In the pastoral guide of St. Gregory the Great, the opening line reads: “A spiritual guide should be silent when discretion requires and speak when words are of service.”
This is not easy. Indeed, self-mastery in speech is among the rarer gifts and usually comes later in life!
Some of the most common sins we commit are related to speech: gossip, idle chatter, lies, exaggerations, harsh attacks, and uncharitable remarks. With our tongue we can spread hatred, incite fear and maliciousness, spread misinformation, cause temptation, discourage, teach error, and ruin reputations. With a gift capable of bringing such good, we can surely cause great harm!
The Book of James says this:
We all stumble in many ways. Anyone who is never at fault in what he says is perfect, able to keep his whole body in check. When we put bits into the mouths of horses to make them obey us, and thus we can turn the whole animal. Or take ships as an example. Although they are so large and are driven by strong winds, they are steered by a very small rudder wherever the pilot wants to go. Likewise, the tongue is a small part of the body, but it makes great boasts.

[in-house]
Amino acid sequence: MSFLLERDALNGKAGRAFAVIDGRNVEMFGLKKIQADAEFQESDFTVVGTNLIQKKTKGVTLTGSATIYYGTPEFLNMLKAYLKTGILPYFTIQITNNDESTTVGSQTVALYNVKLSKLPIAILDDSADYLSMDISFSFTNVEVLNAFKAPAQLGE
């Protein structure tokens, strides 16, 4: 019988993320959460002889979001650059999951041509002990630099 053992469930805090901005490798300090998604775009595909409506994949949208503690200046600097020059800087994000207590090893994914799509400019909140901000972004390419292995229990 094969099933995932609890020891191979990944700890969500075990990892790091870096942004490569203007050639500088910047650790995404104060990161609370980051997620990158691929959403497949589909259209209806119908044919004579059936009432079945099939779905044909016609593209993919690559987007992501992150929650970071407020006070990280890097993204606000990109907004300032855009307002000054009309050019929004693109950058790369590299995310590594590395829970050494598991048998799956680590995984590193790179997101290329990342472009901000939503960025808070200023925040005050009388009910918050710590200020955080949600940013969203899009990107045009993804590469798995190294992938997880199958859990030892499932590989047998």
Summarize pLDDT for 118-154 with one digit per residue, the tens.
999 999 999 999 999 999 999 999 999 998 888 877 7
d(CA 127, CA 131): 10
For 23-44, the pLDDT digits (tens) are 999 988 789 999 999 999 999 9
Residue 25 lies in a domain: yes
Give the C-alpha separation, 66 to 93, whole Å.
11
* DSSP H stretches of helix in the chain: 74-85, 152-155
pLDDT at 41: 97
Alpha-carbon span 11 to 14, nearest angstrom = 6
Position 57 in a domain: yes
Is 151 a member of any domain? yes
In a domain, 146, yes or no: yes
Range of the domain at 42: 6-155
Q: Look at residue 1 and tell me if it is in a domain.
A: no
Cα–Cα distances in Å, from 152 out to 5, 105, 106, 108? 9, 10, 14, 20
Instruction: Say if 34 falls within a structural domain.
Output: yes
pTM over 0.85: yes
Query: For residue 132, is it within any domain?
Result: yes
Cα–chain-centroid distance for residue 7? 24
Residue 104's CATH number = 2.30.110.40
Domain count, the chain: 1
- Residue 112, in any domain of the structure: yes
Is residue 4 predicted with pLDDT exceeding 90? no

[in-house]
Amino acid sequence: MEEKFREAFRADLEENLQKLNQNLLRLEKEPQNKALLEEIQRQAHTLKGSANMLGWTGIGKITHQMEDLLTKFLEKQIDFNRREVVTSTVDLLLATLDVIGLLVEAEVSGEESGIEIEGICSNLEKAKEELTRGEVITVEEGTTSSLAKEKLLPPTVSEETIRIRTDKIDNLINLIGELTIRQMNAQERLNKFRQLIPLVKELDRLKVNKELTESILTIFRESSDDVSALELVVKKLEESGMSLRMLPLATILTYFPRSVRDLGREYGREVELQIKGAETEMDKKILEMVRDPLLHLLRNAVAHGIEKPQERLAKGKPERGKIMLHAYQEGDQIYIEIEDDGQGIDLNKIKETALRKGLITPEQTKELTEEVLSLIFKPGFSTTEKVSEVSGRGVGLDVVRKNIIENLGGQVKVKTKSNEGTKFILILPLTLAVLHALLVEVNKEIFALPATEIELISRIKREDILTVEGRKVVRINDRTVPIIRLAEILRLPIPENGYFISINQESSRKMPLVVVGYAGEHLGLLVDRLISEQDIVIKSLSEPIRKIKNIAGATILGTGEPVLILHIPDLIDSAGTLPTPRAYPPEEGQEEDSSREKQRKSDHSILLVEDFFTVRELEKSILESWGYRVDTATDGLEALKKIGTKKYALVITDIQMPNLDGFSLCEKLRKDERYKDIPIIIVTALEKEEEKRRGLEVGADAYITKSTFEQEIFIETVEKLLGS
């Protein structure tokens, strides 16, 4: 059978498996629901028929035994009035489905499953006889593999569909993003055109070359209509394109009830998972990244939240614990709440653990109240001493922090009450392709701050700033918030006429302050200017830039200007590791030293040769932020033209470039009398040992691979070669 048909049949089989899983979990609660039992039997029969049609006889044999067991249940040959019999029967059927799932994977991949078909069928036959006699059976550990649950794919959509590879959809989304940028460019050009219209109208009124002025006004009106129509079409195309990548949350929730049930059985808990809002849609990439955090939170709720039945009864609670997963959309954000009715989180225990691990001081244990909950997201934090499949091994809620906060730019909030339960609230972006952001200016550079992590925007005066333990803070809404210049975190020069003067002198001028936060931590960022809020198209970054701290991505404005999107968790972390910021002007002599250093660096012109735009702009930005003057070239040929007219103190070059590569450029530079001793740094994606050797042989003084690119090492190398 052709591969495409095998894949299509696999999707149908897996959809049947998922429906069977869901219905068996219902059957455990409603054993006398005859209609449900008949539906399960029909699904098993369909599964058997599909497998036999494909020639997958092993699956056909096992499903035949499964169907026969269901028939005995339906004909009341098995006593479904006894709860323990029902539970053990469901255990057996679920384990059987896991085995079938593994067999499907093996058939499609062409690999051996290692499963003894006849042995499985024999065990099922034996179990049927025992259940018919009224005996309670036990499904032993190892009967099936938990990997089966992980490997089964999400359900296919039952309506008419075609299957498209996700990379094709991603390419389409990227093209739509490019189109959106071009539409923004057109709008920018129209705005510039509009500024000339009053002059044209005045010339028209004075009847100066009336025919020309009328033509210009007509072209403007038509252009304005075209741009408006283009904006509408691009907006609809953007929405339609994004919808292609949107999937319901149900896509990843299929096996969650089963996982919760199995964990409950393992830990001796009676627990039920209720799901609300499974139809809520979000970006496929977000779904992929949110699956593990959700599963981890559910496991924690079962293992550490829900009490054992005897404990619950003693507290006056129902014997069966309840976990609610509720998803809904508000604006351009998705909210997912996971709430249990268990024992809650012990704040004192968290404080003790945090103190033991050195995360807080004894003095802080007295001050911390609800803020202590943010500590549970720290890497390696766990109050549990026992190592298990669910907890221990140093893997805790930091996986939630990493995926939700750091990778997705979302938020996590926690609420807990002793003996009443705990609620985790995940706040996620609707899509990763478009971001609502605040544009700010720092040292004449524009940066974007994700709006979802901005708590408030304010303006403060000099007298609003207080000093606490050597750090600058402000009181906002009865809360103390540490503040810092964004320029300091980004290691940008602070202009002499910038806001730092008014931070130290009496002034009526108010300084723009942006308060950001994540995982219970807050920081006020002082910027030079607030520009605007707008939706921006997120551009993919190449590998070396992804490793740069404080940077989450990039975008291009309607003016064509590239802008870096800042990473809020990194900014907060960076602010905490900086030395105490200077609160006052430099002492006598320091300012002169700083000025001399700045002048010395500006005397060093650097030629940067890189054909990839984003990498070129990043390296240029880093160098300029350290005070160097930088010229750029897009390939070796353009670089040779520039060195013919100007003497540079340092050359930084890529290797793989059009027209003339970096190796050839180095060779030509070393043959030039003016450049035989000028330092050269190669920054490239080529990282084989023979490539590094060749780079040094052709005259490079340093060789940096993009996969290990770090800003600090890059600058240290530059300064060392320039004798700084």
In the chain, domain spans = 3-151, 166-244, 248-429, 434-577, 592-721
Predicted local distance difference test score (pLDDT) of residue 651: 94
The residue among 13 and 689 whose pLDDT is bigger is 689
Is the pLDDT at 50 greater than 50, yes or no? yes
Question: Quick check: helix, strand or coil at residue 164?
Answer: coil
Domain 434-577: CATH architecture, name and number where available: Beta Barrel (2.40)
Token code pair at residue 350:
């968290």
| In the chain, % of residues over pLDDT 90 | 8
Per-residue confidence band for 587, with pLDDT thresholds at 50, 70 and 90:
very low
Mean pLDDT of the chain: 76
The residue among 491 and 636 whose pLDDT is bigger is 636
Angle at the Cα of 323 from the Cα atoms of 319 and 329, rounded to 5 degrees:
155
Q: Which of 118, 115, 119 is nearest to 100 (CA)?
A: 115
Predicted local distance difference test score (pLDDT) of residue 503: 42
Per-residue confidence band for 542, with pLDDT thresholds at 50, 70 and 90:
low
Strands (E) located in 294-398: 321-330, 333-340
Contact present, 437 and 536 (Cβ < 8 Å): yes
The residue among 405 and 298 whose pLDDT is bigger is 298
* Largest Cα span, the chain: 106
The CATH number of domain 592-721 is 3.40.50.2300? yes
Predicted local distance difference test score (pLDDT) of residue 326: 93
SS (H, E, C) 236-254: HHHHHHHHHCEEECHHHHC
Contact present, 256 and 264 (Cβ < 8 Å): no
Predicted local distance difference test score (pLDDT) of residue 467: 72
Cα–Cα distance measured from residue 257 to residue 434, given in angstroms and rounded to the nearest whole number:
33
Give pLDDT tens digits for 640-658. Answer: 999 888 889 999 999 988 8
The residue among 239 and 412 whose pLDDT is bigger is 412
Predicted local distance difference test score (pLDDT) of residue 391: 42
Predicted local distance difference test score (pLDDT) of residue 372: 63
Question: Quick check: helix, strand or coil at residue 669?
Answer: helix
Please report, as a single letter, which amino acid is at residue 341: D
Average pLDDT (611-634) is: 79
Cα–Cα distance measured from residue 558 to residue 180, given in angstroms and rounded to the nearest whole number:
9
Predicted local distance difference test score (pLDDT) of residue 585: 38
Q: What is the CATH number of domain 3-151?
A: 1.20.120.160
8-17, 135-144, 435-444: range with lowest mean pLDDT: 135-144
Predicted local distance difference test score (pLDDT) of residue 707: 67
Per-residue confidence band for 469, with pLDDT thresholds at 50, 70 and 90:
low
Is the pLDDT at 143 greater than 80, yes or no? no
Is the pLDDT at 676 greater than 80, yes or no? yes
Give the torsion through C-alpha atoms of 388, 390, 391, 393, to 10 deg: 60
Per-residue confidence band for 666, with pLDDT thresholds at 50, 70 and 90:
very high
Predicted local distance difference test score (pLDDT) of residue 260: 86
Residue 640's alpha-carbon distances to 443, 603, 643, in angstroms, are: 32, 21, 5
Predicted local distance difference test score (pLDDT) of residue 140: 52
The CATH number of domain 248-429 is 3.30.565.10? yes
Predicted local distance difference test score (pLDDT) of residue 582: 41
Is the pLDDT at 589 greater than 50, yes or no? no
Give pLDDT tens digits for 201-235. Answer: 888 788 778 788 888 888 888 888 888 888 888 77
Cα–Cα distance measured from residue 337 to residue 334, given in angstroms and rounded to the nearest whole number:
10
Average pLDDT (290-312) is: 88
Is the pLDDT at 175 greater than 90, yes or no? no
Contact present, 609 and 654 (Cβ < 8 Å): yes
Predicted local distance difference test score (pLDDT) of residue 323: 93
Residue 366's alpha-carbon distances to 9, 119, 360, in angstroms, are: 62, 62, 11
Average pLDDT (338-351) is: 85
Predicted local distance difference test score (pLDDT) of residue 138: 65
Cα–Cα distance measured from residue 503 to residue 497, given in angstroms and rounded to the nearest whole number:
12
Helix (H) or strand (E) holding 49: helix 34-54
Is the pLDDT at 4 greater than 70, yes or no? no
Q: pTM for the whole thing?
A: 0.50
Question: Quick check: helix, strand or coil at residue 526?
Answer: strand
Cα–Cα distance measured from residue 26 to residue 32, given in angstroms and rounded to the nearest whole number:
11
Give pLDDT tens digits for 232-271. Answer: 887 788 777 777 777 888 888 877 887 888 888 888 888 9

Consider how a great forest is set on fire by a small spark. The tongue also is a fire, a world of evil among the parts of the body. It corrupts the whole body, sets the whole course of one’s life on fire, and is itself set on fire by hell.
All kinds of animals, birds, reptiles and sea creatures are being tamed and have been tamed by mankind, but no human being can tame the tongue. It is a restless evil, full of deadly poison. With the tongue we praise our Lord and Father, and with it we curse human beings, who have been made in God’s likeness. Out of the same mouth come praise and cursing. My brothers and sisters, this should not be (James 3:2-18).
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